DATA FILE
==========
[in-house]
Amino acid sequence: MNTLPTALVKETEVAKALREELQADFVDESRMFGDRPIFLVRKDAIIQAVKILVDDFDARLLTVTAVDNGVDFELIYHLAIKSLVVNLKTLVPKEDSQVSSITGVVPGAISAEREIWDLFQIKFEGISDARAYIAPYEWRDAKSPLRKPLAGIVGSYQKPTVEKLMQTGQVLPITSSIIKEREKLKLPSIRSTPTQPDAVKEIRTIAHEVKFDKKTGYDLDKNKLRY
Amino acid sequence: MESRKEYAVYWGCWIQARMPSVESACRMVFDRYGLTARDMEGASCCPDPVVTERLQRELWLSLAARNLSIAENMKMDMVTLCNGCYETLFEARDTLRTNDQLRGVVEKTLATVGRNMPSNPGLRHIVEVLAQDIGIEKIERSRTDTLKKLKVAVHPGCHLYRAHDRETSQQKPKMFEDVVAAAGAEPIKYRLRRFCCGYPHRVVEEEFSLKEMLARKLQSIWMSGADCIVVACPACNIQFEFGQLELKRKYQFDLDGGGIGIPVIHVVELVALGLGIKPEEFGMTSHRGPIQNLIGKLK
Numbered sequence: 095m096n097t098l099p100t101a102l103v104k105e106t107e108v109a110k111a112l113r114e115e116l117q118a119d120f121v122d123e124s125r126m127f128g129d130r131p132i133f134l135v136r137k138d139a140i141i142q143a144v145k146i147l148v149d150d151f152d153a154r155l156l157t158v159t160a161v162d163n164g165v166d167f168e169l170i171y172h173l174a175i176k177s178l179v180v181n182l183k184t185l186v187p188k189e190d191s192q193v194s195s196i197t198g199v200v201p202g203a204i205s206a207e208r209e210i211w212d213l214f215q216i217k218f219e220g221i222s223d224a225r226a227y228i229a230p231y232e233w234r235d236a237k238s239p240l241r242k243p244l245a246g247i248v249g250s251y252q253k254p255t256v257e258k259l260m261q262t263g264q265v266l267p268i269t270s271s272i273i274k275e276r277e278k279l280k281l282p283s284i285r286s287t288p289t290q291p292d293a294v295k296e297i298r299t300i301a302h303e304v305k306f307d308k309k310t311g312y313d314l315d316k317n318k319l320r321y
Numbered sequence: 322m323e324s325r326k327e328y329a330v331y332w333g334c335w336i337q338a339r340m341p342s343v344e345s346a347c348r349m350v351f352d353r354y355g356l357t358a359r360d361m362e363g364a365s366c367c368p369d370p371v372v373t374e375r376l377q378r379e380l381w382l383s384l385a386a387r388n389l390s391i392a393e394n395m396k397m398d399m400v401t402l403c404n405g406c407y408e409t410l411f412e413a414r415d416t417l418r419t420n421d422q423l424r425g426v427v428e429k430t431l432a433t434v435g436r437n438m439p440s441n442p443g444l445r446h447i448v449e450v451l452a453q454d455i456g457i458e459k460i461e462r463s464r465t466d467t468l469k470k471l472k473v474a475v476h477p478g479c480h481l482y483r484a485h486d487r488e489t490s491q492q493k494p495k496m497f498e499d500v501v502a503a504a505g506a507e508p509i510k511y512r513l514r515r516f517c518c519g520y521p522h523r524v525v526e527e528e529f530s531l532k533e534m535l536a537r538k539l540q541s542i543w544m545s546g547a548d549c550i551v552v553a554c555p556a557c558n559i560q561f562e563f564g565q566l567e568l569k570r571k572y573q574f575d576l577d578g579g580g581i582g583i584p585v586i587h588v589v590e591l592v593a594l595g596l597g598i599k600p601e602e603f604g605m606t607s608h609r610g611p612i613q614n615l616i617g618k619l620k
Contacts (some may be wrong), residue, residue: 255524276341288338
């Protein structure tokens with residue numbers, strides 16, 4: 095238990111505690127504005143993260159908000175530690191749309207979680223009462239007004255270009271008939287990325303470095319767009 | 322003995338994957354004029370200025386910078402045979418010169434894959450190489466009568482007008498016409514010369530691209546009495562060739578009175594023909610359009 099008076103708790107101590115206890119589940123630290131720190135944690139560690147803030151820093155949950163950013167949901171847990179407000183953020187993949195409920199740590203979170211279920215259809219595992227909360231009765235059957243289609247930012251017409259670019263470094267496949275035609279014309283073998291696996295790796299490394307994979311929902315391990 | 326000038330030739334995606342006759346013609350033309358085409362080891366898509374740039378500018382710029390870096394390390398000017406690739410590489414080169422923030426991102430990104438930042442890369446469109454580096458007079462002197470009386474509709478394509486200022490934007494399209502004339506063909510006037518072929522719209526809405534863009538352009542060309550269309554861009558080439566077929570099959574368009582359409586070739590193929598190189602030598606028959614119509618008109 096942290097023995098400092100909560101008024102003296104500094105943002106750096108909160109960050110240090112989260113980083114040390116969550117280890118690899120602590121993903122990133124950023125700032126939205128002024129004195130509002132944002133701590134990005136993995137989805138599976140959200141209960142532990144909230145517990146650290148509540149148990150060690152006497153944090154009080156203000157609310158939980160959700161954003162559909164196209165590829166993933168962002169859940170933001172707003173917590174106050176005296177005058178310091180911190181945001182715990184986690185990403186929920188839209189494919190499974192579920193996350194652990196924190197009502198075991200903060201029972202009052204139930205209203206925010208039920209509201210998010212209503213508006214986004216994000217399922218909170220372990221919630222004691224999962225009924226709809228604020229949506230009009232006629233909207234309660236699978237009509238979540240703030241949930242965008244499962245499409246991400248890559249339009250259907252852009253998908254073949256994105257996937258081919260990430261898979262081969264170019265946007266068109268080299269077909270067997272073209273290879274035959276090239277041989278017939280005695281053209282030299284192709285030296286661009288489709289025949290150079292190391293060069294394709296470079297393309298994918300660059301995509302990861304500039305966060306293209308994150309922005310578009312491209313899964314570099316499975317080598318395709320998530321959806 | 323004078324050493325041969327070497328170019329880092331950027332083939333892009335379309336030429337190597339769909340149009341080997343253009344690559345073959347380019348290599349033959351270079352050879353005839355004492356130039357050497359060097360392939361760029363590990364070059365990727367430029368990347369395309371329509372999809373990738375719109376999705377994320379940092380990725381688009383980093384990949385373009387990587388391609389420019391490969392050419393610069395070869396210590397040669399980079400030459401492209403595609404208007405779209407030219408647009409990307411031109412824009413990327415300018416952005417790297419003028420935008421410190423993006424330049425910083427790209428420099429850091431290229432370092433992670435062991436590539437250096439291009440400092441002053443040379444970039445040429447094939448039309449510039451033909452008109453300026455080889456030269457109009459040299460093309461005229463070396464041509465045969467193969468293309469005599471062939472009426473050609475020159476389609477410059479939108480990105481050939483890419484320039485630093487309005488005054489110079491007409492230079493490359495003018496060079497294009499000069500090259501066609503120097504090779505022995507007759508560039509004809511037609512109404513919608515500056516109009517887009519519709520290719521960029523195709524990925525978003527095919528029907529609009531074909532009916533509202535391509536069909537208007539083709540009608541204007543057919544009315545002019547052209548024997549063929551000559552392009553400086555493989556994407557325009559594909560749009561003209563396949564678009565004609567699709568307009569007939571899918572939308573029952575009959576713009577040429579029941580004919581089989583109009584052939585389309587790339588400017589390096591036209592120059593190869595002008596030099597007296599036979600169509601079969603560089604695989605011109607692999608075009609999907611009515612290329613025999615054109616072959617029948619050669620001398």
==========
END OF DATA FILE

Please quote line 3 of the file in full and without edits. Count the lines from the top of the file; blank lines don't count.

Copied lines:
Amino acid sequence: MESRKEYAVYWGCWIQARMPSVESACRMVFDRYGLTARDMEGASCCPDPVVTERLQRELWLSLAARNLSIAENMKMDMVTLCNGCYETLFEARDTLRTNDQLRGVVEKTLATVGRNMPSNPGLRHIVEVLAQDIGIEKIERSRTDTLKKLKVAVHPGCHLYRAHDRETSQQKPKMFEDVVAAAGAEPIKYRLRRFCCGYPHRVVEEEFSLKEMLARKLQSIWMSGADCIVVACPACNIQFEFGQLELKRKYQFDLDGGGIGIPVIHVVELVALGLGIKPEEFGMTSHRGPIQNLIGKLK